I smile at him as he walks up to the stoplight where I am standing.
He smiles back.
He crosses behind me and follows me down the stairs to the C-train platform.
It is rush hour but summer days have dwindled the traffic to a mere trickle of what it normally is.
The train arrives immediately and he gets on behind me.
It is one of the newer trains. The long bank of seats along each window face inwards, towards each other.
He sits two seats beyond me on the same side. He is dressed in a grey shirt, navy pants and vest. I think he works for Transit and he confirms it later when he turns to chat. “Worked for them 16 years,” he says. “It’s kind of my retirement job.” Four days a week driving a shuttle bus. No stress, he adds. Just a chance to talk to people.
Like he’s talking to me as he rides to work.
“How do you like having the C-train?” he asks me as soon as the train begins to pull out of the station.
“I love it,” I tell him.
He looks surprised. “People don’t usually say they love transit,” he says.
“It makes my life so much easier, and less stressful. I don’t have to worry about traffic driving home.”
“We had a family home on the lands that were expropriated,” he tells me.
“Was that hard?” I ask. “Having it expropriated?”
“It sure was for my mother,” he says. “She lived in that home for 53 years. It was her history.” And then he laughs. “But me and my brother, we made sure she got everything she could from the city so that she’s real comfortable now.”
And he goes on to tell me about the ‘battle’ as he called it. How the City didn’t give them all the information. How some older people were taken advantage of. Asked to sign documents that put them on the deficit side of the equation, without any consideration to their circumstances.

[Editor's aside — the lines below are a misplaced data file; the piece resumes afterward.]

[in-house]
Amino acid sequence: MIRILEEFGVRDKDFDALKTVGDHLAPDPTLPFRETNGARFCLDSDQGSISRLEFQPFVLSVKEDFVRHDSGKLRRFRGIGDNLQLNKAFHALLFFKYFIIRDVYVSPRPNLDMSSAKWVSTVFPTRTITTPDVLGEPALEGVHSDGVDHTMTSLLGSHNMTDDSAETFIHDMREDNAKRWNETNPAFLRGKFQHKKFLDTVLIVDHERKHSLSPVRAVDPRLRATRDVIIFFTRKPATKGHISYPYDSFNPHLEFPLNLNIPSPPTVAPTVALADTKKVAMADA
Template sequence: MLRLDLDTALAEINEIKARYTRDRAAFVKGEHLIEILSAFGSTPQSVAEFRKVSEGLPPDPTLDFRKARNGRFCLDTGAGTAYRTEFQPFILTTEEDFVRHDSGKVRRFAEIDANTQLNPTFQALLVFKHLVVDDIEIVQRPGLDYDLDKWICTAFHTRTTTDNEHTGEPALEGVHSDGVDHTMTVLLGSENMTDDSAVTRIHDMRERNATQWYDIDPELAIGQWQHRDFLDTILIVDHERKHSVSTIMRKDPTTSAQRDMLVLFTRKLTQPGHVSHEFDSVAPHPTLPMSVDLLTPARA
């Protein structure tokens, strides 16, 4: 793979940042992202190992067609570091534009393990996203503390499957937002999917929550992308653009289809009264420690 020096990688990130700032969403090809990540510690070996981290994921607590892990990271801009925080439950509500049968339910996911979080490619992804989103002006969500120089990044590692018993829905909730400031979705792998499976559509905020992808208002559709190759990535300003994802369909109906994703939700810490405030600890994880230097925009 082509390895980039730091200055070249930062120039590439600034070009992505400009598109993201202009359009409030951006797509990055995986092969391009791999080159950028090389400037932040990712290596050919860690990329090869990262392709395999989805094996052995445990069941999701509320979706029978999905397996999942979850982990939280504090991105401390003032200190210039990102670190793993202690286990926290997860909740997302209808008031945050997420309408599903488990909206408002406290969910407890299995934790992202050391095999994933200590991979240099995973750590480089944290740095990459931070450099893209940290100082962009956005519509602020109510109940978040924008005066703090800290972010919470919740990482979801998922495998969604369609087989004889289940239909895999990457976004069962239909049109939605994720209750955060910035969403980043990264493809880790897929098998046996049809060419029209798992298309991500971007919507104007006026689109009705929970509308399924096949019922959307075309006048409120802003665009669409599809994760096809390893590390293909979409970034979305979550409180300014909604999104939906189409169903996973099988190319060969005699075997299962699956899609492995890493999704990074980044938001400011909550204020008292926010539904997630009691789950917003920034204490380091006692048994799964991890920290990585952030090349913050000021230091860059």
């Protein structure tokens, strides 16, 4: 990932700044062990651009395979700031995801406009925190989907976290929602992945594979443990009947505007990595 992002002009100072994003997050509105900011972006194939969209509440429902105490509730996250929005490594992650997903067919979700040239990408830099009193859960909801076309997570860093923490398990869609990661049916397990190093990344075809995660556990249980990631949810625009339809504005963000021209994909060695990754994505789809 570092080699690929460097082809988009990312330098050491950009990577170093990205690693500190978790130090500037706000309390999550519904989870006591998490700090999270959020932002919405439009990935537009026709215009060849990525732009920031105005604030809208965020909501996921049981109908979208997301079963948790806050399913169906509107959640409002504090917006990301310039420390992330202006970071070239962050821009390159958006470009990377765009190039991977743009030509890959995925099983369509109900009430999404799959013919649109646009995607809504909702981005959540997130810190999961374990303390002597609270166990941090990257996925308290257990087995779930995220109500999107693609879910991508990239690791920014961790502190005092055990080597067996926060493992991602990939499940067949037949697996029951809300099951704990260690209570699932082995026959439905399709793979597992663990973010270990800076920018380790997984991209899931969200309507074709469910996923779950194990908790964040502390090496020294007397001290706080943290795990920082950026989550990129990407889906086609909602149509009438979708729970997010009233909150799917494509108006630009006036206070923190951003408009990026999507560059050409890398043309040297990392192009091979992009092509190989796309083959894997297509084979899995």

“Me and my brother, we got everybody we could whose lands were affected, together to tell them about what we’d found. I printed off every document the City issues on expropriation and found three lawyers who dealt in it specifically.”
But some of the older people, they couldn’t believe the City wouldn’t act in good faith, he told me. ” They thought the City was their friend.”
And he went on to tell me about one woman, in her 80s, who took the $18k the City offered as a ‘signing bonus’, not realizing that she could have received $30,000 in displacement fees if she’d waited. “She called me in tears wanting to know if there was anything she could do. I had to tell her there wasn’t. She’d already signed the documents, taken the cheque and cashed it.”
He paused and nodded his head up and down. This is the truth, the whole truth and nothing but the truth. “Sometimes people trust just because they think they should. I felt real bad for that lady but there was nothing I could do for her by then. Me and my brother, we knew the City wouldn’t look out for our mom. So we did.”
And I laugh inside and the Universe laughs with me — you want to learn about trust? Here. Let me deliver up opportunities to listen up, to hear, to learn.
“I hear you,” I tell the man as I get ready to exit the train at my stop. “Thanks for sharing your story.”
“Maybe we’ll run into each other again next week?” he says.
“Perhaps the week after,” I tell him. “I’m on holidays next week.”
And we say good-bye and I get off the train and walk towards my office. The sun beats down. The air is fresh after the rain that fell during the night. City noises ripple all around. I smell the fresh aroma of the flowers hanging from the baskets that line the street. It is a beautiful summer’s day and my heart is light.
What a wonderful day to be alive.